F.A.Q.

How old (or young) can a youth be to join Scouting?

Cub Scouting is for youth in the kindergarten through fifth grades, or 6 to 10 years of age. Children who are older than 10, or who have completed the fifth grade, can no longer join Cub Scouting. Scouts BSA is for youth 11 to 17 years of age. Scouts also may join Scouts BSA if they have earned the Cub Scouting Arrow of Light Award and are at least 10 years old or have completed the fifth grade and are at least 10 years old.

Are Cub Scouts the same as Scouts BSA members?

Cub Scouting and Scouts BSA are both programs of the Boy Scouts of America. However, they are entirely different programs: Cub Scouting is a family-oriented program designed specifically to address the needs of younger boys and girls. Scouts BSA is designed to achieve the aims of Scouting through a vigorous outdoor program and peer group leadership with the counsel of an adult Scoutmaster.

Is Scouting Coed?

One common misunderstanding with many is that Scouting is now “coed.” While it’s true that Boys Scouts of America is currently serving both boys and girls, these changes don’t make the Dens and Troops coed.

In Cub Scout Pack 279, boys are in Dens with other boys, and girls are in Dens with other girls. They come together as a larger group for Pack Meetings and other Scouting adventures throughout the year.

In Scouts BSA, boys are in Troops with other boys, and girls in Troops with other girls.

How often do Cub Scouts meet?

Cub Scouts meet in their Dens once weekly, biweekly or monthly depending on age, and a Pack meeting is held for all Cub Scouts and their families once a month. Beyond that, it depends on the Den and Pack: A den may hold a special activity, such as a service project or visit to a local museum. Likewise, a Pack may conduct a special event such as a blue and gold banquet as an additional event.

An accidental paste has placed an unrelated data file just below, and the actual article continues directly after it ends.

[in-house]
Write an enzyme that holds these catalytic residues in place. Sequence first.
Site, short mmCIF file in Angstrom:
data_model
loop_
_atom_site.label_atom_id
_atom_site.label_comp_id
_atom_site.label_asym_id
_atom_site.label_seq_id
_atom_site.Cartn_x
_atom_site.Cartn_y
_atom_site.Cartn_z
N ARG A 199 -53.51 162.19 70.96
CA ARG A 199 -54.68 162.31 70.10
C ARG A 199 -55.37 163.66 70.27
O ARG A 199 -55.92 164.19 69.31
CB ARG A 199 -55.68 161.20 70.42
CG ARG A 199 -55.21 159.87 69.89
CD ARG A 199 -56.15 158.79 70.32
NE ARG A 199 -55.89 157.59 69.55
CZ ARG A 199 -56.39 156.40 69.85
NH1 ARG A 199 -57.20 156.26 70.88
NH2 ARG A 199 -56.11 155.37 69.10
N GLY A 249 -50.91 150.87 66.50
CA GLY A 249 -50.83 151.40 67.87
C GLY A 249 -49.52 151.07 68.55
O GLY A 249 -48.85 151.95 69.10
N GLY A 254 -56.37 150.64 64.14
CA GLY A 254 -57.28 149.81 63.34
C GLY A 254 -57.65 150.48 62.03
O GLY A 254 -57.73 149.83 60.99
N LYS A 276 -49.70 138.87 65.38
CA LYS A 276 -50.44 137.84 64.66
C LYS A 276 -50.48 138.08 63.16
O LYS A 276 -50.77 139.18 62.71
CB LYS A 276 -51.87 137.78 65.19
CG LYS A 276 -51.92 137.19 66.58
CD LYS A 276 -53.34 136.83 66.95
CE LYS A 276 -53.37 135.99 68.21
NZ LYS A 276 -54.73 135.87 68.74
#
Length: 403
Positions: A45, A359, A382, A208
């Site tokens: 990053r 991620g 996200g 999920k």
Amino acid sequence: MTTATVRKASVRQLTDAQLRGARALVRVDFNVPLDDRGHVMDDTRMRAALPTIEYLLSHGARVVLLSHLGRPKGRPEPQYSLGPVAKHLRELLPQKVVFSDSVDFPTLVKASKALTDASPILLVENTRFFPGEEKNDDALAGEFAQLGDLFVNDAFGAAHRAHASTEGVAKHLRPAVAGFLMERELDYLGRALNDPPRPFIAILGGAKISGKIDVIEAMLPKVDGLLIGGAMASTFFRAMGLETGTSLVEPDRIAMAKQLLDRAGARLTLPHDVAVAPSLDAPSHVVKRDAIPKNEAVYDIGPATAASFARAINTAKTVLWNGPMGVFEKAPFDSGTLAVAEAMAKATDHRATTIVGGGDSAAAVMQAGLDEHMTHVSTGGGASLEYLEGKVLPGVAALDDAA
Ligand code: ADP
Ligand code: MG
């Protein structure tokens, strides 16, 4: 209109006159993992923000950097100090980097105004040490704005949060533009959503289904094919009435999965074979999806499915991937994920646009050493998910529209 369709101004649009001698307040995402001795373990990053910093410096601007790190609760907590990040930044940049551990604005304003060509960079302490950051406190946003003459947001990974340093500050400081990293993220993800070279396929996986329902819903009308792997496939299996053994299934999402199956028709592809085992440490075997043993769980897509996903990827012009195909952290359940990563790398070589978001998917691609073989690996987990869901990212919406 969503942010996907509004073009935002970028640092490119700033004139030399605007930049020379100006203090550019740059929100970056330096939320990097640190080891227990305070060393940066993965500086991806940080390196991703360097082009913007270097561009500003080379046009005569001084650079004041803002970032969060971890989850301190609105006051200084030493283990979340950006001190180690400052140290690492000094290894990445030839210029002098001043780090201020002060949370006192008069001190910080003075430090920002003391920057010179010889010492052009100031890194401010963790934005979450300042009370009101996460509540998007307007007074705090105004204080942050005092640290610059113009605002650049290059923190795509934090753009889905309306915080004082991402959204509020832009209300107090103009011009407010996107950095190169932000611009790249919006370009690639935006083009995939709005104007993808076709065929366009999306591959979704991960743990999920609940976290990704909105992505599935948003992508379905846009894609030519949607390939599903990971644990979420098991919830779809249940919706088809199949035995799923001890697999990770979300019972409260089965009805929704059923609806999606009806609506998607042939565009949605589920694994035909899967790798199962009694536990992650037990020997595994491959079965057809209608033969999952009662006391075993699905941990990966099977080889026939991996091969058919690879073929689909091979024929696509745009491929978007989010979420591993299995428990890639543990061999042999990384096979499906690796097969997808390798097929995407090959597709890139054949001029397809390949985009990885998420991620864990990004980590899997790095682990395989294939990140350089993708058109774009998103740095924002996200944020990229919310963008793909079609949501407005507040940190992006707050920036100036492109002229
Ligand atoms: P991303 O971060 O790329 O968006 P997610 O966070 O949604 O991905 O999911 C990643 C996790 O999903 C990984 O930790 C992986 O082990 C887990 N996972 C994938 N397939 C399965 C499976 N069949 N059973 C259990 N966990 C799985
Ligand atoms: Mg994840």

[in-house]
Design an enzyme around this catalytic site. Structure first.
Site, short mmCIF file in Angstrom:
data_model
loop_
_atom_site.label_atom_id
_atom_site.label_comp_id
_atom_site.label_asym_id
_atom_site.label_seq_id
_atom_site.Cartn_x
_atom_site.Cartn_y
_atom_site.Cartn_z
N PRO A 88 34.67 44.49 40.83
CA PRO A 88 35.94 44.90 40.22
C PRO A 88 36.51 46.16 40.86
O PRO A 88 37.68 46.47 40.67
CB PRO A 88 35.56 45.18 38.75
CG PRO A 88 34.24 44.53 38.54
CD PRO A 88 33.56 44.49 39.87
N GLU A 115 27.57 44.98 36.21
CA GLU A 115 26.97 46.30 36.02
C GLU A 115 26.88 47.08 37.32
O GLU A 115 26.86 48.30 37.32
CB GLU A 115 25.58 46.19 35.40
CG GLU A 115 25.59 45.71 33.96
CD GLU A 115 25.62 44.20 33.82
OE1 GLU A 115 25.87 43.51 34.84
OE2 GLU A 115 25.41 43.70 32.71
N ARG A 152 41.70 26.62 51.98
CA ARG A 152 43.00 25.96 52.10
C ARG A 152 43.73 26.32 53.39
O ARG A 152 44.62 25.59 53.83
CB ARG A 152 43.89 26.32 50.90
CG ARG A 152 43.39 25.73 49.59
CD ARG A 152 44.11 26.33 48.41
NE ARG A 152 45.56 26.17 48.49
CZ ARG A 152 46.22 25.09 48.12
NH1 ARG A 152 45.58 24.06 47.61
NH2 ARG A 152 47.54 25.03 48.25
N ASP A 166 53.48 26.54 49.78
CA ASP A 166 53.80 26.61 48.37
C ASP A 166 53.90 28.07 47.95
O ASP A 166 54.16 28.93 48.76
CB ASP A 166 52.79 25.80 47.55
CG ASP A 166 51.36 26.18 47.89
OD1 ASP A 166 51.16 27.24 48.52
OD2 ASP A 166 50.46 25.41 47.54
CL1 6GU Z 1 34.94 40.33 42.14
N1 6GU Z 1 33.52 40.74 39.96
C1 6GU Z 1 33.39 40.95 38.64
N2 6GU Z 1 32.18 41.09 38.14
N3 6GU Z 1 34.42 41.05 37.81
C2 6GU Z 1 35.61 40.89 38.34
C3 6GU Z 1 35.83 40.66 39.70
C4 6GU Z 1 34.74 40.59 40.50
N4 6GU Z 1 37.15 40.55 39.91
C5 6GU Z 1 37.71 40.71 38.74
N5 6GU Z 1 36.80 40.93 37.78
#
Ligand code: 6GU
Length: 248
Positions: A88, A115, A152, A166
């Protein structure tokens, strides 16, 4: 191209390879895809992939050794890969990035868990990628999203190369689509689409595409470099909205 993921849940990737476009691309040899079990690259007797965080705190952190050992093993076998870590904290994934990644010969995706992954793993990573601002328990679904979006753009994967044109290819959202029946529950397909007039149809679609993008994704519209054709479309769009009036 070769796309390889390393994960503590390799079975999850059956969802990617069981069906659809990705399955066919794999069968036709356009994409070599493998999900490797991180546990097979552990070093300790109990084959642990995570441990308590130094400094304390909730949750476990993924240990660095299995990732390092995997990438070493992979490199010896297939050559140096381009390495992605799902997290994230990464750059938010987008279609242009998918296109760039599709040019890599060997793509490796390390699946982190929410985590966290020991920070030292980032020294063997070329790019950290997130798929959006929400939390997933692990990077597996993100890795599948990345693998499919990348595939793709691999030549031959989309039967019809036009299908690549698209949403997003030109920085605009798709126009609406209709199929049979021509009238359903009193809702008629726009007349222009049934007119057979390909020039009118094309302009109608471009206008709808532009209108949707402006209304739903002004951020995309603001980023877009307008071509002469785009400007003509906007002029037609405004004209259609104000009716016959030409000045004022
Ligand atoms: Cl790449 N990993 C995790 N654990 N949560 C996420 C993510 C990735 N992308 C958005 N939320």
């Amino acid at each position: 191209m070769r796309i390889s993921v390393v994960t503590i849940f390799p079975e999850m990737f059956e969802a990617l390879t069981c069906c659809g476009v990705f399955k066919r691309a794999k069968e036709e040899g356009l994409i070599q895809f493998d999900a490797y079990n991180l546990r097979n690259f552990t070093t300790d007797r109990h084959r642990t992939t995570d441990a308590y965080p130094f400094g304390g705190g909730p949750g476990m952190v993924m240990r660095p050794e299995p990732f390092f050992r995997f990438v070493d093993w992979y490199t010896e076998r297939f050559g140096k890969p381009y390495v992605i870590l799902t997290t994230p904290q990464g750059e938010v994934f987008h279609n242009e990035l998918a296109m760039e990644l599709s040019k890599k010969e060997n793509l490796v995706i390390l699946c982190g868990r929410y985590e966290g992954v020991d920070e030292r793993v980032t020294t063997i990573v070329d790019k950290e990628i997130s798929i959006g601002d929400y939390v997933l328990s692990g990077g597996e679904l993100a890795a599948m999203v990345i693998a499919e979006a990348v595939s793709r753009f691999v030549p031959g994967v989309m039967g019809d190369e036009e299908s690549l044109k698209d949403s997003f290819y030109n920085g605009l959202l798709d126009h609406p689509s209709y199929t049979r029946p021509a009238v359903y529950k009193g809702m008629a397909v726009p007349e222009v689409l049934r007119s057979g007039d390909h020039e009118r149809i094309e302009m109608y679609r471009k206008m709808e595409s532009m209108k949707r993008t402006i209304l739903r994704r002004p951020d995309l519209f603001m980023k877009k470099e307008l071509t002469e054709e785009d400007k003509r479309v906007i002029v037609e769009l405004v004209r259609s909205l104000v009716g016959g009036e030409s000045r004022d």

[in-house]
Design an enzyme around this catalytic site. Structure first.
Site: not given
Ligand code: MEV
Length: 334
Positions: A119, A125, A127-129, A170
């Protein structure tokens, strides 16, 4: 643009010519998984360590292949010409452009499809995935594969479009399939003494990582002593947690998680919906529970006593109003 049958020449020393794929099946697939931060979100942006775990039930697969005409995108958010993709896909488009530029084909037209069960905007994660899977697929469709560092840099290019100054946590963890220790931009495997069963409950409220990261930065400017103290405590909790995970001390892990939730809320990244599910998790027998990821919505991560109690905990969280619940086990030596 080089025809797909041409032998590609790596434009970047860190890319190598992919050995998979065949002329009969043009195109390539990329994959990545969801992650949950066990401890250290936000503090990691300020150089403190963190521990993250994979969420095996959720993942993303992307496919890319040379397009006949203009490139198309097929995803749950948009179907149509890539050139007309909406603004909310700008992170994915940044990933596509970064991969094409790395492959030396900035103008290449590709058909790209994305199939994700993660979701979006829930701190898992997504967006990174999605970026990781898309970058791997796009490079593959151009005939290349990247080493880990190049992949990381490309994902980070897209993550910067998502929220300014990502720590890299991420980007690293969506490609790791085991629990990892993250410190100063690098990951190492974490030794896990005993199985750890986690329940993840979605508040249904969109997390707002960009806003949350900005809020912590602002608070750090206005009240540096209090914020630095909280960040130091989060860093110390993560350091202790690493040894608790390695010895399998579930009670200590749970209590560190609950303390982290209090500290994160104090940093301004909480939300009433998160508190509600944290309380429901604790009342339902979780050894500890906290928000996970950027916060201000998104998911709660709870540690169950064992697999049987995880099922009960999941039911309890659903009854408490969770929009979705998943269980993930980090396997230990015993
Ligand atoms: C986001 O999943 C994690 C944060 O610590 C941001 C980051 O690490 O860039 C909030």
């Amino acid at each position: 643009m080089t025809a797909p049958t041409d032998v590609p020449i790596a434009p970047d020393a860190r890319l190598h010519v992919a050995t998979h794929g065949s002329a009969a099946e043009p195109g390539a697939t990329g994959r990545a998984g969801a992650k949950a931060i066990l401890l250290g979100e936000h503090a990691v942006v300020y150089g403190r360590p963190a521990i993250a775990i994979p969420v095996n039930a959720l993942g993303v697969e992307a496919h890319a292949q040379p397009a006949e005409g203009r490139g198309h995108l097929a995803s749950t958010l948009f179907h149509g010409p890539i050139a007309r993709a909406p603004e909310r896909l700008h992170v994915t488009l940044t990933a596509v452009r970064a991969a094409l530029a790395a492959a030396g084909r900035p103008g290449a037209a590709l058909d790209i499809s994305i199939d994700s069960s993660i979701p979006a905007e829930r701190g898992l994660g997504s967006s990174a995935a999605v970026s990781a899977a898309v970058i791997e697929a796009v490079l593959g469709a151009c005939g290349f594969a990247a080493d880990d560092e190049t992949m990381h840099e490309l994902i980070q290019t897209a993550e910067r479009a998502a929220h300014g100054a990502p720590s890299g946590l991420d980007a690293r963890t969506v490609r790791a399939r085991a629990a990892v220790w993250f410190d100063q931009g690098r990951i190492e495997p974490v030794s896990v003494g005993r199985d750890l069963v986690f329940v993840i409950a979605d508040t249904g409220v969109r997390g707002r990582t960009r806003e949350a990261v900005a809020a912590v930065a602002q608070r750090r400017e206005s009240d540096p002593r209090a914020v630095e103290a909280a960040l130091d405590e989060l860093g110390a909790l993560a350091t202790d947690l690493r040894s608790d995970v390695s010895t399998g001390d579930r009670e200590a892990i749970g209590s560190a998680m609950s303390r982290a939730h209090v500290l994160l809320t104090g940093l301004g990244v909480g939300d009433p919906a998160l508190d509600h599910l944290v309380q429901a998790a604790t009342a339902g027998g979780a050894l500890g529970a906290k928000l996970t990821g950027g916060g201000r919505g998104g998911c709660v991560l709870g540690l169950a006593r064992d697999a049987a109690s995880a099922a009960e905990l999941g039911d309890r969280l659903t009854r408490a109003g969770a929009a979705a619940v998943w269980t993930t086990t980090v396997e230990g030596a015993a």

Can parents attend meetings?

Cub Scout Den meetings are intended to be an activity for the individual boys and girls. They are not a family activity, and the presence of parents can be a distraction. However, parental involvement is not forbidden, and all meetings are open to your participation. If you would like to be present at a Den meeting, ask the Den Leader in advance so that they can plan a way for you to observe or participate in an unobtrusive manner.

Lion and Tiger Dens are the exception to this. A parent or caring adult is always required to stay for these age groups.

What supplies and equipment are needed to participate in Scouting?

At minimum, each Scout will need a uniform and a handbook. Additional supplies and equipment may be needed for certain activities such as camping trips or field days. Leaders and families work together to make sure each Scout has the necessary supplies and equipment no matter their financial situation.

How can I become an adult volunteer?

Express your interest to the Unit Leaders—the Cubmaster, Scoutmaster, Chartered Organization Representative, or members of the Unit Committee. While there’s no guarantee that a specific role or position will be available, and there may be a selection process, there is usually some way in which you can contribute.

If I don’t know much about camping and the outdoors, how could I be a good Scout Leader?

Being a good Scout Leader requires more than knowing how to camp. However, the Scouting program does provide outdoor training classes for leaders with beginning, intermediate, and advanced outdoor skills. There are a variety of other training opportunities also, specific to the leadership position you hold. For example, as a new Unit Leader, training is available immediately to enable you to run your first meeting successfully. More in-depth training is provided throughout the year, and monthly roundtable meetings enable you and other Leaders to share ideas on how to organize fun and exciting activities for youth.

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